Korea Expected to Have Emerged From Recession in Better Shape Than G-7
(Bloomberg) -- South Korea’s economy looks set to rebound from a pandemic-triggered recession in a stronger position than most developed nations, aided by an exports recovery, stimulus measures and its relatively successful containment of the coronavirus.
Gross domestic product likely expanded 1.3% in the third quarter from the previous three months, according to economists’ estimates ahead of the official release due Tuesday. That would confirm the trade-reliant economy has emerged from its first recession since 2003 with relatively limited damage compared with many other parts of the world.
A positive GDP report would set the stage for President Moon Jae-in to pivot from rescuing the economy to stimulating growth and even a longer-term goal of expanding tech sector jobs. The fourth quarter may see activity pick up further should Korea succeed in keeping the virus under control and a global recovery gathers pace.
The expected recovery has been aided by a rebound in exports led by chips and tech demand, and the expansion of China, Korea’s biggest overseas market. A brief resurgence of infections during the quarter set back consumption, but the country managed to contain infections with targeted business restrictions, heading off a broader hit to growth.
“We expect a Nike swoosh recovery to continue in 4Q,” said Tieying Ma, economist at DBS Bank. “A further release of pent-up consumer demand could be expected in 4Q, as the second wave infection has started to taper off. Meanwhile, semiconductor exports will likely pick up further.”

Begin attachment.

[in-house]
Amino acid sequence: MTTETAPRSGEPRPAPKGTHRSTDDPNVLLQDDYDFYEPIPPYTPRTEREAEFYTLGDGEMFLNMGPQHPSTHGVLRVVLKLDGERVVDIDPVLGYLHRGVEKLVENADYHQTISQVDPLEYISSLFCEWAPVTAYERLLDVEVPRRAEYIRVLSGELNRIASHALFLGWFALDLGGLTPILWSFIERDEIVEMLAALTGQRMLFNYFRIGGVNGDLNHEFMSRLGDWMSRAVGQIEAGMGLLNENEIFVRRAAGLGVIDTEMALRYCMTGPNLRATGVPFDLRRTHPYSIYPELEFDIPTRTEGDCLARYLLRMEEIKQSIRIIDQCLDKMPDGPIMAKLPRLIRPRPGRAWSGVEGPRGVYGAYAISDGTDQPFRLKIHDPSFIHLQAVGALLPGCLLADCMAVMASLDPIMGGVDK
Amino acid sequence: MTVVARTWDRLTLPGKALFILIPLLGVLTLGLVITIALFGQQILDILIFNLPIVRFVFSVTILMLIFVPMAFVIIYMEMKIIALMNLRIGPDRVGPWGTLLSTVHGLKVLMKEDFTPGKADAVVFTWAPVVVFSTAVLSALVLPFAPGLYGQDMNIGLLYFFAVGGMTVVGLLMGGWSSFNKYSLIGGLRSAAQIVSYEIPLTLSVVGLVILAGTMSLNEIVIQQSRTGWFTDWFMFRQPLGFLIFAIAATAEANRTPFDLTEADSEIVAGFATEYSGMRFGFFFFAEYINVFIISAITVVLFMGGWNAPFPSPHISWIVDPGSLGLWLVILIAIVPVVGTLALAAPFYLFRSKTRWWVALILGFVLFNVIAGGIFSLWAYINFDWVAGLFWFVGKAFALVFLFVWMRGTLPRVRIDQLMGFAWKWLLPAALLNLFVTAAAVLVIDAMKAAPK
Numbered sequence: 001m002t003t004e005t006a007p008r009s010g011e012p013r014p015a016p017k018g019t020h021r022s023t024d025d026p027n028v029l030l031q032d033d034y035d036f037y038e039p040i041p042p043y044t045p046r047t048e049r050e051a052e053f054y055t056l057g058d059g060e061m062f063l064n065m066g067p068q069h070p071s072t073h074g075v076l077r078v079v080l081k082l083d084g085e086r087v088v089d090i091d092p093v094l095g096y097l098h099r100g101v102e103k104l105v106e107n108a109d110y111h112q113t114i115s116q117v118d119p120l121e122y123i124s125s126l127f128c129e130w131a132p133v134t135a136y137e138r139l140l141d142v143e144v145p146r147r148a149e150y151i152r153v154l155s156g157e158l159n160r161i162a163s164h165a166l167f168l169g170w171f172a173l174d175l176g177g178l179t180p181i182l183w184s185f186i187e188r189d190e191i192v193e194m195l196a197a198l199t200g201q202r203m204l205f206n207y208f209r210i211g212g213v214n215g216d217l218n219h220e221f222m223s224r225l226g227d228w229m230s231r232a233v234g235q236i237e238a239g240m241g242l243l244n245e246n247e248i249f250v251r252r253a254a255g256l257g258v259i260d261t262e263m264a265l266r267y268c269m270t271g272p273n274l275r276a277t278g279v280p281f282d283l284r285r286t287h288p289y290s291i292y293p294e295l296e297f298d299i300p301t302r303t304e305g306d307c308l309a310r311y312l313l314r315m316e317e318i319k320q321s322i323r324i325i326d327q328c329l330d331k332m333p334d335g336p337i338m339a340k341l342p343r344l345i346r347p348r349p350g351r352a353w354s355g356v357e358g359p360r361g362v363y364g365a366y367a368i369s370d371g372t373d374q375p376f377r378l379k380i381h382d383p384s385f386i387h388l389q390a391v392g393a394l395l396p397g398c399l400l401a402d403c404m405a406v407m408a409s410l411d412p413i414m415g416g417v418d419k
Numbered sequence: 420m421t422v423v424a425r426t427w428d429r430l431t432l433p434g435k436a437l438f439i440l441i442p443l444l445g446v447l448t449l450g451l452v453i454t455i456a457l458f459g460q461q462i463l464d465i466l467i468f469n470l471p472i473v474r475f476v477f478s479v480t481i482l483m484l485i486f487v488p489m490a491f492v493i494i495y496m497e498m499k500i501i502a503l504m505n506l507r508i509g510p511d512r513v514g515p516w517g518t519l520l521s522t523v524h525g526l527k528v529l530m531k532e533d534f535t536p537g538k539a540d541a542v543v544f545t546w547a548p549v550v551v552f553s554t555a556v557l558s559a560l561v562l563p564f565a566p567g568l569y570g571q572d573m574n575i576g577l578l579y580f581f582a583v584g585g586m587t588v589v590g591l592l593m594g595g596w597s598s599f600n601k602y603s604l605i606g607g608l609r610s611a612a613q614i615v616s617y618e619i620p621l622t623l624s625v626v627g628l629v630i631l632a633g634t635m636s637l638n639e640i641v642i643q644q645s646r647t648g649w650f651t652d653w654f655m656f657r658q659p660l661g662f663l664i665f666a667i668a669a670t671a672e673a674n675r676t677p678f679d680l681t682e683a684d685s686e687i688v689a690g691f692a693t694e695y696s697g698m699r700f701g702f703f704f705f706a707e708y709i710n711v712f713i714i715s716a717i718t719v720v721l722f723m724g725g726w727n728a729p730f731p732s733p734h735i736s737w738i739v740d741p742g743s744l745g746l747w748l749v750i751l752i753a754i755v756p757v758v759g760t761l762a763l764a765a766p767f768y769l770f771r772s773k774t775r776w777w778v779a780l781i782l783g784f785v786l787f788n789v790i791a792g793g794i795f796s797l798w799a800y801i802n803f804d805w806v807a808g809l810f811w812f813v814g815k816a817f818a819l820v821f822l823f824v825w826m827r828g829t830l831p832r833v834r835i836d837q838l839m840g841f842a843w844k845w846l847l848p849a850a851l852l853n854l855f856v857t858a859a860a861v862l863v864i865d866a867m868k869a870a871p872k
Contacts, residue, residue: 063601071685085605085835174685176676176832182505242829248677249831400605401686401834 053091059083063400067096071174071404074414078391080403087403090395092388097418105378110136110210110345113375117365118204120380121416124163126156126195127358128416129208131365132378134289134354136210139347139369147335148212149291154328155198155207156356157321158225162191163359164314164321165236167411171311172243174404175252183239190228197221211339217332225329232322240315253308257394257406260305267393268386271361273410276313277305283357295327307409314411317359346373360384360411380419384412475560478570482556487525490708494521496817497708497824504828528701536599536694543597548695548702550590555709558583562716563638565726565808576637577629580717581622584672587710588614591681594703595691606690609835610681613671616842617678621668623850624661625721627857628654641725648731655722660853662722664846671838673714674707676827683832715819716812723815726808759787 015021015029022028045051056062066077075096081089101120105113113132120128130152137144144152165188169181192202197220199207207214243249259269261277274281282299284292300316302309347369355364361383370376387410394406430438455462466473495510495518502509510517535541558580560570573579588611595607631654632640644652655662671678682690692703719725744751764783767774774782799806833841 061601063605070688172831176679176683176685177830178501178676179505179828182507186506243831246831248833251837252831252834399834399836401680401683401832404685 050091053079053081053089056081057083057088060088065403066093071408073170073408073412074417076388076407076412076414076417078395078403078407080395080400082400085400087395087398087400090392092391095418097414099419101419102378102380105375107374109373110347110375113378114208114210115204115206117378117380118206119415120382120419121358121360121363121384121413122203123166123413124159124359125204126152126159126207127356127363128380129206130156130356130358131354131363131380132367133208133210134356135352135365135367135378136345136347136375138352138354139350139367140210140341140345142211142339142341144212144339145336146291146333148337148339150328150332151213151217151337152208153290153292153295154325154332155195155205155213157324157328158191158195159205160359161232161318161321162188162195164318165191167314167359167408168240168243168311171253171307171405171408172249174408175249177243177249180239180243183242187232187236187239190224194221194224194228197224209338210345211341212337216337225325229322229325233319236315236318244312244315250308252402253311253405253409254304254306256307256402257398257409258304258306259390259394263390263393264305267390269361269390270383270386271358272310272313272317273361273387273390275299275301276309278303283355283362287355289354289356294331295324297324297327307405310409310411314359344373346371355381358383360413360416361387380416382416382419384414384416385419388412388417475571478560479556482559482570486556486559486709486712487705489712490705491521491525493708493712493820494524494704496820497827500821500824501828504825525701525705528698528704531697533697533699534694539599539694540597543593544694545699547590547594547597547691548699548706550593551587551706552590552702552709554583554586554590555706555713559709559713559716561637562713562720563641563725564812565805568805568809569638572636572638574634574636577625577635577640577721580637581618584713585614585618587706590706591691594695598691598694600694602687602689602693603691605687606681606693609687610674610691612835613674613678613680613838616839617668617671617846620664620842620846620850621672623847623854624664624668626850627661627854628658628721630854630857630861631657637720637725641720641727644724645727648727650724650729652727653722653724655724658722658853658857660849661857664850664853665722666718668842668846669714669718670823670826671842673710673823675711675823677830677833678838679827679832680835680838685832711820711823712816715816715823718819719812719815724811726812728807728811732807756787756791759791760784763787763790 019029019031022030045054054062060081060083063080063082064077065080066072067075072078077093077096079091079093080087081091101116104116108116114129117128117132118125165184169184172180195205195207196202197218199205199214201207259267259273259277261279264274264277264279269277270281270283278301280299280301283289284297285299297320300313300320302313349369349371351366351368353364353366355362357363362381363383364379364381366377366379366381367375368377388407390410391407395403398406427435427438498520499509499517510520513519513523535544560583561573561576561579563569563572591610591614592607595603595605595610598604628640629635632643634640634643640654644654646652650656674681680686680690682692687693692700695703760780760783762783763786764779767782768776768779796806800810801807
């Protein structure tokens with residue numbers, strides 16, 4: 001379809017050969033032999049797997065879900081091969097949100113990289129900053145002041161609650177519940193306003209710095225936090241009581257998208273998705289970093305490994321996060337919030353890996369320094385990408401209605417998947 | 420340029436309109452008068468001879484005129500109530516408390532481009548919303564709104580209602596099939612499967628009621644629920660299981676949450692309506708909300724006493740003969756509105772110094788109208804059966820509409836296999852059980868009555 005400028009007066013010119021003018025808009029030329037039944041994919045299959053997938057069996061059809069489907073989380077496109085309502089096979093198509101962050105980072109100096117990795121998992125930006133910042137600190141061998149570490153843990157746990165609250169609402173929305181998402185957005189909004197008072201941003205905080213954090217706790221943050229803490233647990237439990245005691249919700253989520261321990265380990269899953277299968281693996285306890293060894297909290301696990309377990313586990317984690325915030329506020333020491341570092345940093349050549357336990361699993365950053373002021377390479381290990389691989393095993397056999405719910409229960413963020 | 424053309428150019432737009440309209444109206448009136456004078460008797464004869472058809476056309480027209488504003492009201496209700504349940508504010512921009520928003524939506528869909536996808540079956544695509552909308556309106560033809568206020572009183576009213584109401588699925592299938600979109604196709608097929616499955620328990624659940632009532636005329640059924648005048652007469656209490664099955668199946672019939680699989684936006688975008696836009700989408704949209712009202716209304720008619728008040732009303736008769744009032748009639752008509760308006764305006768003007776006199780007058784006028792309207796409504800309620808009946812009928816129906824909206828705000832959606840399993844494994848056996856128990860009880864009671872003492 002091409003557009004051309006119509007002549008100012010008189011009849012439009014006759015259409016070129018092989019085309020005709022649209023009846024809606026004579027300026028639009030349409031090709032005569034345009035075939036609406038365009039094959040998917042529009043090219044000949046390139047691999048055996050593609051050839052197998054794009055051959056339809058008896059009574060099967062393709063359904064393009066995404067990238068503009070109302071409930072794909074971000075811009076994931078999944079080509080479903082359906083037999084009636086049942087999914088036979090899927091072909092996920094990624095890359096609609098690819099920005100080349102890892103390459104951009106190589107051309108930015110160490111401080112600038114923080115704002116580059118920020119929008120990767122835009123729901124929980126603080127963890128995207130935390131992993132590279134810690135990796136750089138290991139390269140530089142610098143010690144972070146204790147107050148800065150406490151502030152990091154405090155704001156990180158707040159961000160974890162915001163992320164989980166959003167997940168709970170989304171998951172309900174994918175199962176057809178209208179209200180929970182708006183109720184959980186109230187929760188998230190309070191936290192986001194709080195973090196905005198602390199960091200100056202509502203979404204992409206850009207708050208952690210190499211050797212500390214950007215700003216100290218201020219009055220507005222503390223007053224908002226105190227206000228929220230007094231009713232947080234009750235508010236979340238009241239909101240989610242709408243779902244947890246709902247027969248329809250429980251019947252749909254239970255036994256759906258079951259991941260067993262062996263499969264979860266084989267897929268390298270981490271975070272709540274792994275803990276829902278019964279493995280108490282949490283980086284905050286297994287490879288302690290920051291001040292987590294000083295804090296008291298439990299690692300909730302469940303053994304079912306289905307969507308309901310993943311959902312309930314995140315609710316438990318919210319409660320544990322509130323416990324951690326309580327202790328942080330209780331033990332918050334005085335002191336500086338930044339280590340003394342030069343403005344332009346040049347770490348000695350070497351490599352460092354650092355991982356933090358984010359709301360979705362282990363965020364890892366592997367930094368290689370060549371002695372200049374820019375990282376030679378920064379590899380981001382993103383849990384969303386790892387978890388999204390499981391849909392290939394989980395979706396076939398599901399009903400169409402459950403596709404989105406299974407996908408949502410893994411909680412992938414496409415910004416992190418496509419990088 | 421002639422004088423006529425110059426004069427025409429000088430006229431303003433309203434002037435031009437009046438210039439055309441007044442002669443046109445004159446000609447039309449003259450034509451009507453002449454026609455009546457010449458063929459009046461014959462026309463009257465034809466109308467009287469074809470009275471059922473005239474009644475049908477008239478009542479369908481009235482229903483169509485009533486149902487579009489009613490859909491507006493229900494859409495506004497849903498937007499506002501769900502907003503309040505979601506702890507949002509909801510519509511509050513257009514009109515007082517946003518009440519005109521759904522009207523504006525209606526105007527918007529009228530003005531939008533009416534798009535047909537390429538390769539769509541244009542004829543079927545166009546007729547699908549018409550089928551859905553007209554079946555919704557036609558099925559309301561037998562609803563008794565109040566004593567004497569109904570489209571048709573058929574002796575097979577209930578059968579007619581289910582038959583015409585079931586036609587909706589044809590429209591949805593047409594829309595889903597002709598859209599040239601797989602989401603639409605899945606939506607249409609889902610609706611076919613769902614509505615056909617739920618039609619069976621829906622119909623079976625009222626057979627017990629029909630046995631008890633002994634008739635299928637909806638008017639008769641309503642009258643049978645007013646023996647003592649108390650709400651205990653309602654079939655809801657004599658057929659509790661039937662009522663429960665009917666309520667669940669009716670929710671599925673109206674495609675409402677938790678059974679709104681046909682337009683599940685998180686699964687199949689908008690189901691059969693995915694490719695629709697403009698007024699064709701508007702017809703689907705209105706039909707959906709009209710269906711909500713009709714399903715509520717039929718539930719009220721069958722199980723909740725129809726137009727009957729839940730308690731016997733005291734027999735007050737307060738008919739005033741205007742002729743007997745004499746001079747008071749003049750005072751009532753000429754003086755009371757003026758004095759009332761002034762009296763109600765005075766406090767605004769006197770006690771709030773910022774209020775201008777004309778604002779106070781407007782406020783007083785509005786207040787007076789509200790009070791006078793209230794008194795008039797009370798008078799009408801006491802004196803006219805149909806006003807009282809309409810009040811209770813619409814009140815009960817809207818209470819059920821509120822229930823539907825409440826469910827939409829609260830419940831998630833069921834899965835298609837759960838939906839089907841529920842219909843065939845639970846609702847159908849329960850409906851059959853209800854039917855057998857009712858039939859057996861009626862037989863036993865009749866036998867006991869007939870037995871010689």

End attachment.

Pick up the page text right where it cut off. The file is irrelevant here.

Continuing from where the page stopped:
Moon last week called for steps to seize on a “golden time” to revitalize tourism and boost consumption. The government resumed the distribution of discount coupons -- halted during the second virus wave -- to encourage spending, and is promoting an annual shopping event in early November to accelerate the recovery.
From a year earlier, the economy still likely contracted 1.9% in the third quarter, according to surveyed economists. Bloomberg Economics expects South Korea’s GDP to reach pre-virus levels in the first quarter of 2021, years earlier than its neighbor Japan.
Korea’s fiscal push has been at the center of its early recession exit. The government has carried out four extra budgets this year, the most in decades, including universal cash handouts. The central bank has also slashed its benchmark rate to a record low, while pumping liquidity into financial markets to help businesses stay afloat.
What Bloomberg’s Economist Says
“For 2020, our baseline forecast remains a 1% contraction in GDP -- which would be less than most major economies. But with winter approaching, the potential for renewed outbreaks at home and abroad is a key risk.”
-- Justin Jimenez, economist
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Still, as the global pandemic drags on, Korea continues to shed hundreds of thousands of jobs each month and consumers and businesses remain wary of a potential virus flareup. That’s making it unlikely the country will avoid an annual contraction this year, its first since the Asian financial crisis.
©2020 Bloomberg L.P.